To fill in a gap in memory with a falsification; often seen in Korsakoff’s syndrome.
A stage of memory formation in which information in short-term or intermediate-term memory is transferred to long-term memory. See Figure 17.8.
declarative memory
A memory that can be stated or described. See Figures 17.3, 17.5, 17.8. Compare nondeclarative memory.
delayed non-matching-to-sample task
A test in which the subject must respond to the unfamiliar stimulus of a pair. See Figure 17.11.
dentate gyrus
A strip of gray matter in the hippocampal formation. See Figure 17.23.
The restoration of response amplitude following habituation.
A stage of memory formation in which the information entering sensory channels is passed into short-term memory. See Figure 17.18.
The physical basis of a memory in the brain. Sometimes referred to as a memory trace on the assumption that it involves changes in a neural circuit rather than a single neuron.
enriched condition (EC)
Also called complex environment. A condition in which laboratory rodents are group-housed with a wide variety of stimulus objects. See Figure 17.19. Compare impoverished condition and standard condition.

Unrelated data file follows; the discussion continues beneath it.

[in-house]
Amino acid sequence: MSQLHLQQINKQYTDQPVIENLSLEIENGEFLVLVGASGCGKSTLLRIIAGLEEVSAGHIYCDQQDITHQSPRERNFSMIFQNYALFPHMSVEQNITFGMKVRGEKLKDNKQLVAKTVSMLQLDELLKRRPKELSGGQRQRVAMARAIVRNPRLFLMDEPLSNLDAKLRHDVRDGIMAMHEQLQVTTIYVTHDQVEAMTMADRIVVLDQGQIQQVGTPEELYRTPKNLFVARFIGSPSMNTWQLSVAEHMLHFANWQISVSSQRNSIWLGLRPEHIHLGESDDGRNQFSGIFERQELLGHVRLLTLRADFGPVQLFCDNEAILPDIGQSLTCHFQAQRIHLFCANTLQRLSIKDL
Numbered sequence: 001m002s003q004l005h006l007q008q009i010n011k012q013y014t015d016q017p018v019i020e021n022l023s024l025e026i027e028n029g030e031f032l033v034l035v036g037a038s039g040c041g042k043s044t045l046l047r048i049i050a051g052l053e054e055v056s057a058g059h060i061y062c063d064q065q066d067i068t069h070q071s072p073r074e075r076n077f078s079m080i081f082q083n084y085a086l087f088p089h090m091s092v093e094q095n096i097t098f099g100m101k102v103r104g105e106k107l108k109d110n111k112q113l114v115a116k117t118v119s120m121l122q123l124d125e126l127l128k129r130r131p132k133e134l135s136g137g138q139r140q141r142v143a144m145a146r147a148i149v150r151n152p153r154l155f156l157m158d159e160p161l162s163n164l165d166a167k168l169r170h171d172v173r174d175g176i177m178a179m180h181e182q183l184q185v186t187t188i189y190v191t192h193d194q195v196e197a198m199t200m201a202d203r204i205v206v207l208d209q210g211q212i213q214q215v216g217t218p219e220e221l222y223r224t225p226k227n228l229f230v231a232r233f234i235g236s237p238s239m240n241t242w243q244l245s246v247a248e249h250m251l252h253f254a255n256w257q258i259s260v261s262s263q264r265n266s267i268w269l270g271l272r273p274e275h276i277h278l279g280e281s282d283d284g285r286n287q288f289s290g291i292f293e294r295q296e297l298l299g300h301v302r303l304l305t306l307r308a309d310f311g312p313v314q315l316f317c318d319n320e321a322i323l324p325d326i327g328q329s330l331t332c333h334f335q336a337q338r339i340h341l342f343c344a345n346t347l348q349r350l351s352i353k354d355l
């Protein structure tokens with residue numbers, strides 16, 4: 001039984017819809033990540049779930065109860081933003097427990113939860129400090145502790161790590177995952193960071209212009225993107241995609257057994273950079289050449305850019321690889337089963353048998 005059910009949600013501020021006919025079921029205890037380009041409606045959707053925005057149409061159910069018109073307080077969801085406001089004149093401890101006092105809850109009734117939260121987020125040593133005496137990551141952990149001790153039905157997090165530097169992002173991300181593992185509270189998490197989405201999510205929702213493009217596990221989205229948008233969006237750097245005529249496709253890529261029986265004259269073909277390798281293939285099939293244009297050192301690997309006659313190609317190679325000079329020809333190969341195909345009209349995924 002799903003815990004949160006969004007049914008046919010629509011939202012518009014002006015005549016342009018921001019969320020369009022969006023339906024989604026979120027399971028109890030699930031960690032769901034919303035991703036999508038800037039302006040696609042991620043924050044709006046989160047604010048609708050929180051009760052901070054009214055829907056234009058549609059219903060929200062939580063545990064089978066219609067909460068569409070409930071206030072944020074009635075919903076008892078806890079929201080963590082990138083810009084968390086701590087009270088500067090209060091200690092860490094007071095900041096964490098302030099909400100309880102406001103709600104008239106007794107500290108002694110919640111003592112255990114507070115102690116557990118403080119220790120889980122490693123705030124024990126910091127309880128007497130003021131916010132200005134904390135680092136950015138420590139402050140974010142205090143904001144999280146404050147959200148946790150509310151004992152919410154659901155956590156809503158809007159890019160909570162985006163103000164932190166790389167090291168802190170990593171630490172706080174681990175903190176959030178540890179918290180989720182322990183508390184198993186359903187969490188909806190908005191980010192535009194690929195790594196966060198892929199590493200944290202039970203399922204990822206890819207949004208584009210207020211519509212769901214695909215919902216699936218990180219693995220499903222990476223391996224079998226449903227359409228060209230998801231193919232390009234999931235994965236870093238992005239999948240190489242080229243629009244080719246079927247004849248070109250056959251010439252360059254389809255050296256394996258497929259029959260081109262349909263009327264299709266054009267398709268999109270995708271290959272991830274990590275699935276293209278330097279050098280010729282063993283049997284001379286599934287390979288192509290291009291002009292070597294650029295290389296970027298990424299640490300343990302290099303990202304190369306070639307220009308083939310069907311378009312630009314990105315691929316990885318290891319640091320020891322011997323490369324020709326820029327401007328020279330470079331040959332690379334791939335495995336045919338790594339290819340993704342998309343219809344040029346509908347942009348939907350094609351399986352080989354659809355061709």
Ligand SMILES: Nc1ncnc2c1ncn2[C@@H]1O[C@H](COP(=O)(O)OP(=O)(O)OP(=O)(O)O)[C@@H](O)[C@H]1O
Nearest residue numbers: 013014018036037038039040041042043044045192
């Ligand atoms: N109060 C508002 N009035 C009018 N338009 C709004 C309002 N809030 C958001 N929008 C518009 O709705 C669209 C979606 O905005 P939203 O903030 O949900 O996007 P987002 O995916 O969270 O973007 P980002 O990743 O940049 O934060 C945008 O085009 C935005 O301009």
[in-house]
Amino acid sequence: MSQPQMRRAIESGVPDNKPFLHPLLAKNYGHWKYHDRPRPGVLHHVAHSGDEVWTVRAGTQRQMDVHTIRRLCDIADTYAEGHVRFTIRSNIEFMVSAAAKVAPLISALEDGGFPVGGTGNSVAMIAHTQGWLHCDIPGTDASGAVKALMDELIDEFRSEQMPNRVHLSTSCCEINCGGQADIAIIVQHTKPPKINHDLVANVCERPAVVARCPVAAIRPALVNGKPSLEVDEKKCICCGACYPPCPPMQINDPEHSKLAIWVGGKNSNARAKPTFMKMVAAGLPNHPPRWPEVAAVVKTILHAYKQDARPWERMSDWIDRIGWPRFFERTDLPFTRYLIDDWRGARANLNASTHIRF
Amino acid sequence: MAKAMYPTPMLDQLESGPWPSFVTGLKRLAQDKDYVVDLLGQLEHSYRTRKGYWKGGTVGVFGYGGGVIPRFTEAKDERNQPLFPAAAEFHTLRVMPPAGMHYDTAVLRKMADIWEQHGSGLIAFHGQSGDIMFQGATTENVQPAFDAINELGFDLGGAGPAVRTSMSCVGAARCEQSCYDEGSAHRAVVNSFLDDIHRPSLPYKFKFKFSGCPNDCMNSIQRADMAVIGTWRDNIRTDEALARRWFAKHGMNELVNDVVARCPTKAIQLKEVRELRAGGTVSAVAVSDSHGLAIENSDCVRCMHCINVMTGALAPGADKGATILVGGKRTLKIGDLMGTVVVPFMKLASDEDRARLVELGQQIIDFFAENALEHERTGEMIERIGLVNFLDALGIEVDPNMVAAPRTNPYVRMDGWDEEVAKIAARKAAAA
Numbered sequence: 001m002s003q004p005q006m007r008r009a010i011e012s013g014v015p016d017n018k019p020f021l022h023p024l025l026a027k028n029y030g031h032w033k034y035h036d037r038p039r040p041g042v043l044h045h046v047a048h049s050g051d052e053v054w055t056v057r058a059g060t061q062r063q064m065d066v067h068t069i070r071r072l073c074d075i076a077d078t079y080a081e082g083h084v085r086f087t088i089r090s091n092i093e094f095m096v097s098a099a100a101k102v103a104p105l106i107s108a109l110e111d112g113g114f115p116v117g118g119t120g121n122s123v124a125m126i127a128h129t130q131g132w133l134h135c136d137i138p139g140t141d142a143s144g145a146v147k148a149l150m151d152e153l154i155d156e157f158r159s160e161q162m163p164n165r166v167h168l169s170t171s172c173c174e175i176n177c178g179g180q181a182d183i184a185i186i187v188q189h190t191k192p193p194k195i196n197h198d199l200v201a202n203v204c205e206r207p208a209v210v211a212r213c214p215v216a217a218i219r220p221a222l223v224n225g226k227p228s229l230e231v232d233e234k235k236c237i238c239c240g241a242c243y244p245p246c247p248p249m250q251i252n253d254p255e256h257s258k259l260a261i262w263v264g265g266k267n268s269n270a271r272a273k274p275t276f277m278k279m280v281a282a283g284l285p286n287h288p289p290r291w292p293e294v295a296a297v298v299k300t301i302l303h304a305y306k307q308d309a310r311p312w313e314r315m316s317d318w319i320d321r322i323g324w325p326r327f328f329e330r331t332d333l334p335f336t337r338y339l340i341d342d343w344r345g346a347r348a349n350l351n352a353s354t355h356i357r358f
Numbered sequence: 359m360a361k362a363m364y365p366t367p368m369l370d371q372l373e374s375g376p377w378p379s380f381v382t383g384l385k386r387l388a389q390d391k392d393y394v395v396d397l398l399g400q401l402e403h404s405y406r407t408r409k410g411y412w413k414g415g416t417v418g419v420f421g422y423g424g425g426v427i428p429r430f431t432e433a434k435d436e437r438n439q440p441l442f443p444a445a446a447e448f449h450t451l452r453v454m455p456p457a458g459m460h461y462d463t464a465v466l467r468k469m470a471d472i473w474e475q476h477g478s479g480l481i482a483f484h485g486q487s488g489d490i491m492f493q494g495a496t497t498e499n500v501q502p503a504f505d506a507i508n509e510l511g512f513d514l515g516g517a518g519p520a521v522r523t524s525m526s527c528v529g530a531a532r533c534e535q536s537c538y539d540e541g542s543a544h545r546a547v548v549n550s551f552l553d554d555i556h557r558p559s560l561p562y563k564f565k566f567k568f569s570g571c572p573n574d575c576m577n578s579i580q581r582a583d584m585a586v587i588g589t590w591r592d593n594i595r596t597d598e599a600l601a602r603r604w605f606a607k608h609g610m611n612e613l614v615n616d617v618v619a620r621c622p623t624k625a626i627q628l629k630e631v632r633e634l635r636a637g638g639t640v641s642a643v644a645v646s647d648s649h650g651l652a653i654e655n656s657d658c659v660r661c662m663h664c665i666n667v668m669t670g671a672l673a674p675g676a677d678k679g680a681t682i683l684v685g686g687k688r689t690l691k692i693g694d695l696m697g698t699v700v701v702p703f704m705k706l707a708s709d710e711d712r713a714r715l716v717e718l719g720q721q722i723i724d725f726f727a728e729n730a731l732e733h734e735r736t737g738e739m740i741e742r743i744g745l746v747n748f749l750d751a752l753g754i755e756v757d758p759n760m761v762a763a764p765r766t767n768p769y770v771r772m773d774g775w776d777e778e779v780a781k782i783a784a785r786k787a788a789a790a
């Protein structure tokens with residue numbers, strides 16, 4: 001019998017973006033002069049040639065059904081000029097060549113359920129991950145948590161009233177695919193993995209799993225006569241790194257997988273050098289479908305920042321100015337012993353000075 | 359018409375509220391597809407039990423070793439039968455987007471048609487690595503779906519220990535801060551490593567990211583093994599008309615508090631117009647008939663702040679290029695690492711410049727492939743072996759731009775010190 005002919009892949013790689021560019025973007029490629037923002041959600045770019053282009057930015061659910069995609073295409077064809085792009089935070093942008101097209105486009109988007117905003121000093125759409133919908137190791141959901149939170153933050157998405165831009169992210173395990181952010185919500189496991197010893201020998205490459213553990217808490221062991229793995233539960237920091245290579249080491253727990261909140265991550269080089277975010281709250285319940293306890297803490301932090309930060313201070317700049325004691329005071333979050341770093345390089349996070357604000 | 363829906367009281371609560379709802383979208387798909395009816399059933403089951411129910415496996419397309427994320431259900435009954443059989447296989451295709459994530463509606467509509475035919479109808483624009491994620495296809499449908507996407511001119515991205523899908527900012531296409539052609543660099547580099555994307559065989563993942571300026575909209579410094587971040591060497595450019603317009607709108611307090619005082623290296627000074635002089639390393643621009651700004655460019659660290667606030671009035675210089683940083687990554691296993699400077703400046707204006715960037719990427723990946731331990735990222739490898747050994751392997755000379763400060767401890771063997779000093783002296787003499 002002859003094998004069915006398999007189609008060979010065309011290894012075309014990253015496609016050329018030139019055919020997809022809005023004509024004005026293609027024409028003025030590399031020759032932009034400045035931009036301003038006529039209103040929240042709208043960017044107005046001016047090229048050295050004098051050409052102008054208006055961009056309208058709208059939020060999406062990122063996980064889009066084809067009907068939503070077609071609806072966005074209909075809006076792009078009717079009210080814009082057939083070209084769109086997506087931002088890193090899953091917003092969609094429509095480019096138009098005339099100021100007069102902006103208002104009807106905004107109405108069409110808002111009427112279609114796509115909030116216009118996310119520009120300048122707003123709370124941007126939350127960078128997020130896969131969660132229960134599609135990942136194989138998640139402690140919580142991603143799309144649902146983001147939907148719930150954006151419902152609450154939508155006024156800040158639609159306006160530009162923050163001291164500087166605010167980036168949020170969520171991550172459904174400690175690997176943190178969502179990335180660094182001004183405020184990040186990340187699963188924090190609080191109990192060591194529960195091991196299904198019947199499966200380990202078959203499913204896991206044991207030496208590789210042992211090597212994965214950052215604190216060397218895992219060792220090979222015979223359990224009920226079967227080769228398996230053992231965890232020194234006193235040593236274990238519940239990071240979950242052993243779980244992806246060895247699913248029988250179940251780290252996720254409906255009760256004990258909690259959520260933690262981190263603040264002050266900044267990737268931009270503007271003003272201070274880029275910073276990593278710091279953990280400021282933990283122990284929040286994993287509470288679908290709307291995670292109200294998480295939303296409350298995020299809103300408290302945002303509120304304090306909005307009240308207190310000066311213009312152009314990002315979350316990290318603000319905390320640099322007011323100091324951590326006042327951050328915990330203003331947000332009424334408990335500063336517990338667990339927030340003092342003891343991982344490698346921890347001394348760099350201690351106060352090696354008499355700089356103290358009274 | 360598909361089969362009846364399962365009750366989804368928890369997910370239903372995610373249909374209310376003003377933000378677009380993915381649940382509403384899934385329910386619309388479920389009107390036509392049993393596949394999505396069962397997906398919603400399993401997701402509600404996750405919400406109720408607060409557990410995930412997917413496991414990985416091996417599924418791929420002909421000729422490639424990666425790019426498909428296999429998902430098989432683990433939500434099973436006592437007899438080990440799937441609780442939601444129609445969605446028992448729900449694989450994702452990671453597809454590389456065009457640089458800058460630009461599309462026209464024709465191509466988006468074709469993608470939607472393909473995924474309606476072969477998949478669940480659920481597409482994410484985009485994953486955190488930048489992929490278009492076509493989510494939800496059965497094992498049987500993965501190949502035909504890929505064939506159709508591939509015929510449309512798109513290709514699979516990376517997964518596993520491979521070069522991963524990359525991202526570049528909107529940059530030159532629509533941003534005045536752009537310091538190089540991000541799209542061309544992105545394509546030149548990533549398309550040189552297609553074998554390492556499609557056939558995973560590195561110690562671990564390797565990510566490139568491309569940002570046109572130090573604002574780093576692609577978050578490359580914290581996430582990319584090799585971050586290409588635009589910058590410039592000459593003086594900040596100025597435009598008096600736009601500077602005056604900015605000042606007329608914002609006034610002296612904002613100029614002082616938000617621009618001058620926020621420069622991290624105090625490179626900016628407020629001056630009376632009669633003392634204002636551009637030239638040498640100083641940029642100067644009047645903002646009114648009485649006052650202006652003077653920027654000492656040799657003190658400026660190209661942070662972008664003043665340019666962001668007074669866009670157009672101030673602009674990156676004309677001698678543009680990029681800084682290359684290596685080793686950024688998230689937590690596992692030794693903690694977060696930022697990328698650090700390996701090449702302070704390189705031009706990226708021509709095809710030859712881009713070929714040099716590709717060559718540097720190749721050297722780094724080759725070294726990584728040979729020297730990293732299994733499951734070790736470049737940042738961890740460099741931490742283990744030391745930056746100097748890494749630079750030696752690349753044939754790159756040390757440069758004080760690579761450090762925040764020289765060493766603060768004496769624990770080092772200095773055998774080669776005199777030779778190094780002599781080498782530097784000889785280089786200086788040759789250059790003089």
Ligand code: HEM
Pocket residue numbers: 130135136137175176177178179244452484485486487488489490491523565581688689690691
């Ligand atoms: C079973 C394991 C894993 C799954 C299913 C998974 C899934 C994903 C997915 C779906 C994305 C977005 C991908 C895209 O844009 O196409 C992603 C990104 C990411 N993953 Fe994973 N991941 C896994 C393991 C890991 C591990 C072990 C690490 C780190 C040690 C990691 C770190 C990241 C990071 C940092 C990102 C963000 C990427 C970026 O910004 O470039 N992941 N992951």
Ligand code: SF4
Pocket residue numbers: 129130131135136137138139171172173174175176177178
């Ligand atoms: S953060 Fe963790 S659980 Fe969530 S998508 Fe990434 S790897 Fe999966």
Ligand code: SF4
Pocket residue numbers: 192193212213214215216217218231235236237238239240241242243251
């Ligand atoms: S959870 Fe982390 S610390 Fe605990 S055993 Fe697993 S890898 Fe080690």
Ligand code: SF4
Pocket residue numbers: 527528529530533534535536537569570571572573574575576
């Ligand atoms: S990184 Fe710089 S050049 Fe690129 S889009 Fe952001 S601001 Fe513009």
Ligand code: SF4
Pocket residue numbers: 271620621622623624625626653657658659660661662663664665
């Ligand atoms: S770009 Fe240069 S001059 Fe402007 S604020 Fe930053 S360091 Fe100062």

episodic memory
Memory of a particular incident or a particular time and place.
grid cell
A neuron that selectively fires when the animal crosses the intersection points of an abstract grid map of the local environment.
A form of nonassociative learning in which an organism becomes less responsive following repeated presentations of a stimulus. Compare sensitization (definition 1).
Hebbian synapse
A synapse that is strengthened when it successfully drives the postsynaptic cell.
hippocampus (pl. hippocampi)
A medial temporal lobe structure that is important for learning and memory. See Figures 2.17, 17.1, 17.23.